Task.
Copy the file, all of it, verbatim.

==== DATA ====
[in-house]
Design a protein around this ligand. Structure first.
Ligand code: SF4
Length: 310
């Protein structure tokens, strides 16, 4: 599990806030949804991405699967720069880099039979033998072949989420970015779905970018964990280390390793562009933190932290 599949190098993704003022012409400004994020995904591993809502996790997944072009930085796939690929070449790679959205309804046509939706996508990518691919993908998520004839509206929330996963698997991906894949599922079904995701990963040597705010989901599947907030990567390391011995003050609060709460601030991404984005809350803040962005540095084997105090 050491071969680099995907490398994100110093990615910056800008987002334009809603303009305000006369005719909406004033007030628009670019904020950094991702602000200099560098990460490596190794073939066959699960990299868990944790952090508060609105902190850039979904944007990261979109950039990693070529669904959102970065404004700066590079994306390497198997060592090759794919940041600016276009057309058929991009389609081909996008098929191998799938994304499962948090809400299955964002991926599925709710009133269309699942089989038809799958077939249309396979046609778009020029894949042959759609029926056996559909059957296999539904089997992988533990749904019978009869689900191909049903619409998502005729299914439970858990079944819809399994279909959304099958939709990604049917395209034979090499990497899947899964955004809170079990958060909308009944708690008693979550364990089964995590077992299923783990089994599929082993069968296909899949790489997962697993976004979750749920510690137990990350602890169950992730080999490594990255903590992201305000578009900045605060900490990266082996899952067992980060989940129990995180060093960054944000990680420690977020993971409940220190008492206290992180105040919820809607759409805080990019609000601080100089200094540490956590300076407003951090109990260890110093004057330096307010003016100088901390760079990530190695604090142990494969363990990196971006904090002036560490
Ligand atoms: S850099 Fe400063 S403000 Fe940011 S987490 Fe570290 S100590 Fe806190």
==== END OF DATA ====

[in-house]
Design a protein around this ligand. Structure first.
Ligand code: SF4
Length: 310
């Protein structure tokens, strides 16, 4: 599990806030949804991405699967720069880099039979033998072949989420970015779905970018964990280390390793562009933190932290 599949190098993704003022012409400004994020995904591993809502996790997944072009930085796939690929070449790679959205309804046509939706996508990518691919993908998520004839509206929330996963698997991906894949599922079904995701990963040597705010989901599947907030990567390391011995003050609060709460601030991404984005809350803040962005540095084997105090 050491071969680099995907490398994100110093990615910056800008987002334009809603303009305000006369005719909406004033007030628009670019904020950094991702602000200099560098990460490596190794073939066959699960990299868990944790952090508060609105902190850039979904944007990261979109950039990693070529669904959102970065404004700066590079994306390497198997060592090759794919940041600016276009057309058929991009389609081909996008098929191998799938994304499962948090809400299955964002991926599925709710009133269309699942089989038809799958077939249309396979046609778009020029894949042959759609029926056996559909059957296999539904089997992988533990749904019978009869689900191909049903619409998502005729299914439970858990079944819809399994279909959304099958939709990604049917395209034979090499990497899947899964955004809170079990958060909308009944708690008693979550364990089964995590077992299923783990089994599929082993069968296909899949790489997962697993976004979750749920510690137990990350602890169950992730080999490594990255903590992201305000578009900045605060900490990266082996899952067992980060989940129990995180060093960054944000990680420690977020993971409940220190008492206290992180105040919820809607759409805080990019609000601080100089200094540490956590300076407003951090109990260890110093004057330096307010003016100088901390760079990530190695604090142990494969363990990196971006904090002036560490
Ligand atoms: S850099 Fe400063 S403000 Fe940011 S987490 Fe570290 S100590 Fe806190």